DENNIS SCHWARTZ Movie Reviews

THE BABY (director/writer: Ted Post; screenwriter: Abraham Polsky; cinematographer: Michael Margulies; editors:  Dick Wormell/Bob Crawford; music:  Gerald Fried; cast: Anjanette Comer (Ann Gentry), Ruth Roman (Mrs. Wadsworth), Marianna Hill (Germaine Wadsworth), Suzanne Zenor (Alba Wadsworth), Tod Andrews (Doctor), Michael Pataki (Dennis), Beatrice Manley Blau (Judith), David Manzy (Baby); Runtime: 84; MPAA Rating: PG; producers: Abraham Polsky/Milton Polski; Quintet Films; 1973)

"Sadistic horror pic that has achieved classic cult status for being so irreverently camp."

Reviewed by Dennis Schwartz

Ted Post ("Hang 'Em High"/"Magnum Force"/"Beneath the Planet of the Apes"), a veteran TV director, is co-writer with the  author of the story and co-producer Abe Polsky, and is the director of this unpleasant but tantalizingly bizarre low-budget sadistic horror pic that has achieved classic cult status for being so irreverently camp. The shrill over-the-top performances by most of the cast and the one wooden performance by Suzanne Zenor are not the most annoying thing about this weirdo pic, that's reserved for showing actual footage of mentally disabled kids to exploit them.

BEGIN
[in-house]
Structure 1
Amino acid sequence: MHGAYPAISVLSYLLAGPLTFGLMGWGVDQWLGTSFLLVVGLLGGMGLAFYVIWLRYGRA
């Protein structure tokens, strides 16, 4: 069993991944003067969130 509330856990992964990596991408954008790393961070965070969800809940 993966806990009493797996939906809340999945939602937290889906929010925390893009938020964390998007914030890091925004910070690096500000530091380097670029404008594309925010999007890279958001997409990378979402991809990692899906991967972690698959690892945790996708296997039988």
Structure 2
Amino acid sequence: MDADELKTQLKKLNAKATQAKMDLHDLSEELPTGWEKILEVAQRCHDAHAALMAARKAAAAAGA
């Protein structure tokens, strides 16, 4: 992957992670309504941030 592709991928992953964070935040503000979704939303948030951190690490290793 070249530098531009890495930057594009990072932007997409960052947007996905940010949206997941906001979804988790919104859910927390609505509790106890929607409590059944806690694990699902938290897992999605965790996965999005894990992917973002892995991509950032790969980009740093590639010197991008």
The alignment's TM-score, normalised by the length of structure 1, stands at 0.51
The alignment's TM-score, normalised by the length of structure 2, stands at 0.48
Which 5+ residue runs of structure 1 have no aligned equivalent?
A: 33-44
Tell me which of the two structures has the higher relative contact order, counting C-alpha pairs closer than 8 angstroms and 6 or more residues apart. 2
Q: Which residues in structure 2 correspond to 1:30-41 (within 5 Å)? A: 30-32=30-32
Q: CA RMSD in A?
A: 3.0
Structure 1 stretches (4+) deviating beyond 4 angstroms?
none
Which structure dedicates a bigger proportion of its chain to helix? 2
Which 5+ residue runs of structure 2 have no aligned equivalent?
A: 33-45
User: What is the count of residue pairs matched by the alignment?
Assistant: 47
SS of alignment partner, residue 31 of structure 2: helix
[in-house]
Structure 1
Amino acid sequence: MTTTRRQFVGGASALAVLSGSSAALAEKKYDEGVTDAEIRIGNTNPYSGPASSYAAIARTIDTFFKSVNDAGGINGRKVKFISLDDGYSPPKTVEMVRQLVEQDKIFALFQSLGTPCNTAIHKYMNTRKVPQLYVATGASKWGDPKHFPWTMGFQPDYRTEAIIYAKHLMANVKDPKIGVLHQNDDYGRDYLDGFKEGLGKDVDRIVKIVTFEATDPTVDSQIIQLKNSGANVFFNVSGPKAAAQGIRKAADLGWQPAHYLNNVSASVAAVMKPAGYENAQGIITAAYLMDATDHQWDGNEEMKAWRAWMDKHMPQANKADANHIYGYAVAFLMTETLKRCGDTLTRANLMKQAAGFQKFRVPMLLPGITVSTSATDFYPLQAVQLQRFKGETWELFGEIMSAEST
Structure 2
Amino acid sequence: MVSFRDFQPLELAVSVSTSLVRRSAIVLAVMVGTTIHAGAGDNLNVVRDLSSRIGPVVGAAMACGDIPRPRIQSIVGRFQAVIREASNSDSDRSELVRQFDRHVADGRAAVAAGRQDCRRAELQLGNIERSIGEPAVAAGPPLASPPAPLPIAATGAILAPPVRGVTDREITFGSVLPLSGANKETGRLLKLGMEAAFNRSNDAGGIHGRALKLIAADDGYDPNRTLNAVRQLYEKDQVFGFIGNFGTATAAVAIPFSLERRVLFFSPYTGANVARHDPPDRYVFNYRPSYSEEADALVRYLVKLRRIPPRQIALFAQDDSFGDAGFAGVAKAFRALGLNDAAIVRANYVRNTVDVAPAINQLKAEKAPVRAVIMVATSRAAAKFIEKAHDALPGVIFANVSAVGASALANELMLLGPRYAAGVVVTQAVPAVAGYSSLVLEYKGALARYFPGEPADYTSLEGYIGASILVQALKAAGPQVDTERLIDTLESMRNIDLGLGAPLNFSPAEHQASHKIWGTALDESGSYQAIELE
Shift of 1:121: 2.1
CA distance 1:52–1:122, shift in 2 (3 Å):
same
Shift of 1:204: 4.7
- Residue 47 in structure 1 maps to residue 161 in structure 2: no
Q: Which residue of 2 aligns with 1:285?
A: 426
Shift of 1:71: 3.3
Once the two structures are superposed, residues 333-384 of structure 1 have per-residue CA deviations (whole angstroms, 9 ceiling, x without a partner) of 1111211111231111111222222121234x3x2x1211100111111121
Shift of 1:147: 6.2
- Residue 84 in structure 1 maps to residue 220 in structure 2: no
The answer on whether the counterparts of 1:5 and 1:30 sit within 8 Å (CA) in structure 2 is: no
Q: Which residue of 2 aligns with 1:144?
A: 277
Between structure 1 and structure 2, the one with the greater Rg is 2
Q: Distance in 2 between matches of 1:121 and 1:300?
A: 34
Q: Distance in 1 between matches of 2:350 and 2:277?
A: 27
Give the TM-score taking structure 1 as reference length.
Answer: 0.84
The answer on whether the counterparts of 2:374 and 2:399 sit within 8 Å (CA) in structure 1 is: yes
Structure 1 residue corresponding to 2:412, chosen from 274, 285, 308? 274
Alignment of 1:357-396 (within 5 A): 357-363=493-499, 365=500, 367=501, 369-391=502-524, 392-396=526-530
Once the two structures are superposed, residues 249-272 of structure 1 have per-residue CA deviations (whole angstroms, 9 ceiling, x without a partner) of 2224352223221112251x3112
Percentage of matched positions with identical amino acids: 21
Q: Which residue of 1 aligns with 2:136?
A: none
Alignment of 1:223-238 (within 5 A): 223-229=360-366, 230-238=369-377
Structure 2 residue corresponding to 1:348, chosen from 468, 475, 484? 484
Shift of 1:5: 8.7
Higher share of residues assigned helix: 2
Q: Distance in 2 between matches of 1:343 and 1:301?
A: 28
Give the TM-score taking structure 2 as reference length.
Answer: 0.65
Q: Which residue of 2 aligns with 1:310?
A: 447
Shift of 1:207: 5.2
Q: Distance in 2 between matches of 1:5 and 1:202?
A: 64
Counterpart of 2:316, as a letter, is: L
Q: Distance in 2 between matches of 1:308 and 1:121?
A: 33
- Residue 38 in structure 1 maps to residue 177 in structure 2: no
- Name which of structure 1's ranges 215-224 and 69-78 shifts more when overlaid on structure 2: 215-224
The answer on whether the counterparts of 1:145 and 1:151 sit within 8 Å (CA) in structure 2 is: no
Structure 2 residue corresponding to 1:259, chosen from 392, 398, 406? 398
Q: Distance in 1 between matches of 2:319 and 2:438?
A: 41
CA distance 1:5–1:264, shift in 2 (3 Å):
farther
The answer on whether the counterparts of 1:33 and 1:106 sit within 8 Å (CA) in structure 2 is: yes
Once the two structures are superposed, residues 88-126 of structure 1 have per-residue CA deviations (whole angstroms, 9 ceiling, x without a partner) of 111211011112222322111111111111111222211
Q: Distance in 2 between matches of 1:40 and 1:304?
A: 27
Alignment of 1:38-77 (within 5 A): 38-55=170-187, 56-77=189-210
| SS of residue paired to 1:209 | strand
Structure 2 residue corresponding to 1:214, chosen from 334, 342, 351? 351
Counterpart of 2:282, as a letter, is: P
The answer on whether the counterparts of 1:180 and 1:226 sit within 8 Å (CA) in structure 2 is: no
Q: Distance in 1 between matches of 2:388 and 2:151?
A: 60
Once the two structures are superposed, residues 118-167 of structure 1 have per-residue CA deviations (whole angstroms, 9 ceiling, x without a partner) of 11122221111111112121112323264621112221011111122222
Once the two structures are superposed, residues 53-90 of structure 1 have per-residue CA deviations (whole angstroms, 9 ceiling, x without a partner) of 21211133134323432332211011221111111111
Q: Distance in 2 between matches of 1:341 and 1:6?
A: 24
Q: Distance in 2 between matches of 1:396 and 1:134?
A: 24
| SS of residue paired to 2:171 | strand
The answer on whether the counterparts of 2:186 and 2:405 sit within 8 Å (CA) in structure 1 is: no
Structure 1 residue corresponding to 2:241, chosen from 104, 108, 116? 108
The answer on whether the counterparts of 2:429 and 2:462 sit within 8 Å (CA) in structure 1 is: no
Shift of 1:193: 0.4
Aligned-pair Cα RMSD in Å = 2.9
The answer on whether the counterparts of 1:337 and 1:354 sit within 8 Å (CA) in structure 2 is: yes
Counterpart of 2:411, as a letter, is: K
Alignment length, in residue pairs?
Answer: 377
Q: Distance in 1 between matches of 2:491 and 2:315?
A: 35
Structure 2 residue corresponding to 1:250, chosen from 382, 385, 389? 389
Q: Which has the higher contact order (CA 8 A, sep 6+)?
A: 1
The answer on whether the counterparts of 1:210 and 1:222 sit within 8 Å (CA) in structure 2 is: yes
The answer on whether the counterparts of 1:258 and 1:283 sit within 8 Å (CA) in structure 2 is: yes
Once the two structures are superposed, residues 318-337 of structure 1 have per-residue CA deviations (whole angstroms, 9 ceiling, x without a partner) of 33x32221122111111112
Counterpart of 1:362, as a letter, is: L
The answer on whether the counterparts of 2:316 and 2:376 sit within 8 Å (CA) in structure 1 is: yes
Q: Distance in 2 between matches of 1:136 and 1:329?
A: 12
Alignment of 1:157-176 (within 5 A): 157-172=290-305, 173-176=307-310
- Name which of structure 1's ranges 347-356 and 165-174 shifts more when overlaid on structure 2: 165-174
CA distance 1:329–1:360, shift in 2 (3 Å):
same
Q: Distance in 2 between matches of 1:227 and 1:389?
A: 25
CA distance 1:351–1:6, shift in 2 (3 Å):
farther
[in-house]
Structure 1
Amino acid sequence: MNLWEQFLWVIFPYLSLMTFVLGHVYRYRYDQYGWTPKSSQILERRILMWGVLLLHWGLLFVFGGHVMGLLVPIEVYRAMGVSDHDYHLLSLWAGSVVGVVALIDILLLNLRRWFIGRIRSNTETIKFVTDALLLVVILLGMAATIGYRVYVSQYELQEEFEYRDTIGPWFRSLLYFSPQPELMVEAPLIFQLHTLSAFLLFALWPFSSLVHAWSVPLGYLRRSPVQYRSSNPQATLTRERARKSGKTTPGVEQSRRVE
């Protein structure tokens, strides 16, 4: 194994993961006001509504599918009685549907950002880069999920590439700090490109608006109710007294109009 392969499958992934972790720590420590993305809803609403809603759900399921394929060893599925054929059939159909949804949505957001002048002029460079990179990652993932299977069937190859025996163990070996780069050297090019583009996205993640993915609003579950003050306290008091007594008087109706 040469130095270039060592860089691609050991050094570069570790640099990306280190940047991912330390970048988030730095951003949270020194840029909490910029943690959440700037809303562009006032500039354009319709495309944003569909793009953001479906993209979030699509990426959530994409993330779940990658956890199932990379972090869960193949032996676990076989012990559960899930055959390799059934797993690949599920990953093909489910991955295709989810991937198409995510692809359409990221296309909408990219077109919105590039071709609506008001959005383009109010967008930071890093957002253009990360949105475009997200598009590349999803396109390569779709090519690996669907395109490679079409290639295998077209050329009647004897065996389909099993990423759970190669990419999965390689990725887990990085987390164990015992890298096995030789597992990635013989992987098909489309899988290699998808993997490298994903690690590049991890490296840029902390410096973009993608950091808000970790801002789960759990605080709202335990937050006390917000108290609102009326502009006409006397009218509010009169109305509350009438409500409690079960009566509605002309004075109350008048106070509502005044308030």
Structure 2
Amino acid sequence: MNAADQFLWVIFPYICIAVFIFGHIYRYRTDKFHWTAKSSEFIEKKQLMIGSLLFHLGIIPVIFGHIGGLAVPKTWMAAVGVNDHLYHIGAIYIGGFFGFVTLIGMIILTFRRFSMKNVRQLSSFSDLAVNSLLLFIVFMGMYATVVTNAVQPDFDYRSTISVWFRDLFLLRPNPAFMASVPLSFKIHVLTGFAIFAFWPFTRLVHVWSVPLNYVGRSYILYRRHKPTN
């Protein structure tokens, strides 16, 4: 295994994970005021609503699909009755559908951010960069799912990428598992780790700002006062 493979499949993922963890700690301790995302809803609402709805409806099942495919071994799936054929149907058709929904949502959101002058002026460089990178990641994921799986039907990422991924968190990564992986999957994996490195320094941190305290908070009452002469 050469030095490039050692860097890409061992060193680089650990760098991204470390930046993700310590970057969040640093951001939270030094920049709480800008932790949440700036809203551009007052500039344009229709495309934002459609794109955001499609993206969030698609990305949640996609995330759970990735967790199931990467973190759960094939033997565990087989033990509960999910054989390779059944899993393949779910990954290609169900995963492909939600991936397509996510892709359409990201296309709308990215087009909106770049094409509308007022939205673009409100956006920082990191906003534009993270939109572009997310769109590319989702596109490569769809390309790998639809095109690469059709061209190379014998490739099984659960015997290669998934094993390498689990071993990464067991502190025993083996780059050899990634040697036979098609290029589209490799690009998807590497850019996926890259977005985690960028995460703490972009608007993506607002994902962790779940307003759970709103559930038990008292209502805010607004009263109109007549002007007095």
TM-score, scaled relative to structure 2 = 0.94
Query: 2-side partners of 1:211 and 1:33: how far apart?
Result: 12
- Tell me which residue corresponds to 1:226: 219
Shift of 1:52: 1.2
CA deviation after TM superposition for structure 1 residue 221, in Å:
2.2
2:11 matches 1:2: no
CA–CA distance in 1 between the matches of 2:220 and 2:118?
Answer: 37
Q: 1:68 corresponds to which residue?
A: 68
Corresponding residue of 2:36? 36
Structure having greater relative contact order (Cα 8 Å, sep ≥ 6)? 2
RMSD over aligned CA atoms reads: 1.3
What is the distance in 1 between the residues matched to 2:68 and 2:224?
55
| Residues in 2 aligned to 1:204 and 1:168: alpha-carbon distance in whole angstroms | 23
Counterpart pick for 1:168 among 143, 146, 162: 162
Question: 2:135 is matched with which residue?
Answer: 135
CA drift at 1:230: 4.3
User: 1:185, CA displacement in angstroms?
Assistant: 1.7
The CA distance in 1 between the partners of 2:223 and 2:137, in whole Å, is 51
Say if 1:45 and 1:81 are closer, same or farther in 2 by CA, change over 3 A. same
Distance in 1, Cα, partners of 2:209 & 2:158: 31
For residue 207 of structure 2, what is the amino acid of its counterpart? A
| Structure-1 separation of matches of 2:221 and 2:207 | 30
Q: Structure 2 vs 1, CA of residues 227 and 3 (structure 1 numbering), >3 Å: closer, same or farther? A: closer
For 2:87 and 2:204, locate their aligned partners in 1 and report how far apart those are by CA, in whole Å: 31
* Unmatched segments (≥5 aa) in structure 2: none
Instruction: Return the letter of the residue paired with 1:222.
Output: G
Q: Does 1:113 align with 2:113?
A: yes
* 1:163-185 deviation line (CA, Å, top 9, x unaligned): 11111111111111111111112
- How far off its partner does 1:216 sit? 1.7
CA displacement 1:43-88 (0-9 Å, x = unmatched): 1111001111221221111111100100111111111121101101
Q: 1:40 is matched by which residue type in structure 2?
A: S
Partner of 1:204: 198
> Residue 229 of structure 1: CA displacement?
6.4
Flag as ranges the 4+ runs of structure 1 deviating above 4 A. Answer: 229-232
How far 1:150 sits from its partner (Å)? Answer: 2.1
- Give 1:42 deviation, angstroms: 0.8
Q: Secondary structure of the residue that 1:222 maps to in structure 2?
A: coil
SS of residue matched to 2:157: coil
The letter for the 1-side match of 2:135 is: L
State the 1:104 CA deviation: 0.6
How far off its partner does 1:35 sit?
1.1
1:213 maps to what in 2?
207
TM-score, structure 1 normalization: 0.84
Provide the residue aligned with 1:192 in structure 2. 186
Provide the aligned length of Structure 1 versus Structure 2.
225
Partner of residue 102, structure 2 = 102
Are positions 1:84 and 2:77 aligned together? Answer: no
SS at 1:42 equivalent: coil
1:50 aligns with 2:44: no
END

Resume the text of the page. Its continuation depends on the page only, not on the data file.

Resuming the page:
Well-meaning comely social worker, Ann Gentry (Anjanette Comer), requests the assignment as the new case worker for a mentally challenged man-child, named Baby (David Manzy), under the care of his man-hating evil mother Mrs. Wadsworth (Ruth Roman). The boozy mom dresses her 21-year-old retarded son in diapers and keeps him in a crib. Baby can't walk and communicates only through baby gurgles. Mrs. Wadsworth's hubby splits after Baby was born, and the loony over-protective volatile mom cares for the man-child with her two disturbed over-sexed daughters--the older daughter, an aspiring model, Germaine (Marianna Hill), and the younger sis, an amateur tennis player named Alba (Suzanne Zenor).

The lonely Ann tries to help the child get better treatment, but she has too many serious psychological issues of her own to overcome to handle things rationally, such as spending endless nights at home with her mother-in-law grieving over her architect husband while watching slides of happier days.

Things turn increasingly ludicrous and lurid as we observe Alba torture Baby with a cattle prod and the other sis incestuously cuddle up with him in the crib. But the strange pic keeps our attention even as it descends into a demented psychodrama and we're rewarded with a really unique surprise ending that should be disturbing to more than a few viewers and be especially fulfilling to those fans of shocking freak films.

REVIEWED ON 1/26/2014       GRADE: B

Dennis Schwartz: "Ozus' World Movie Reviews"

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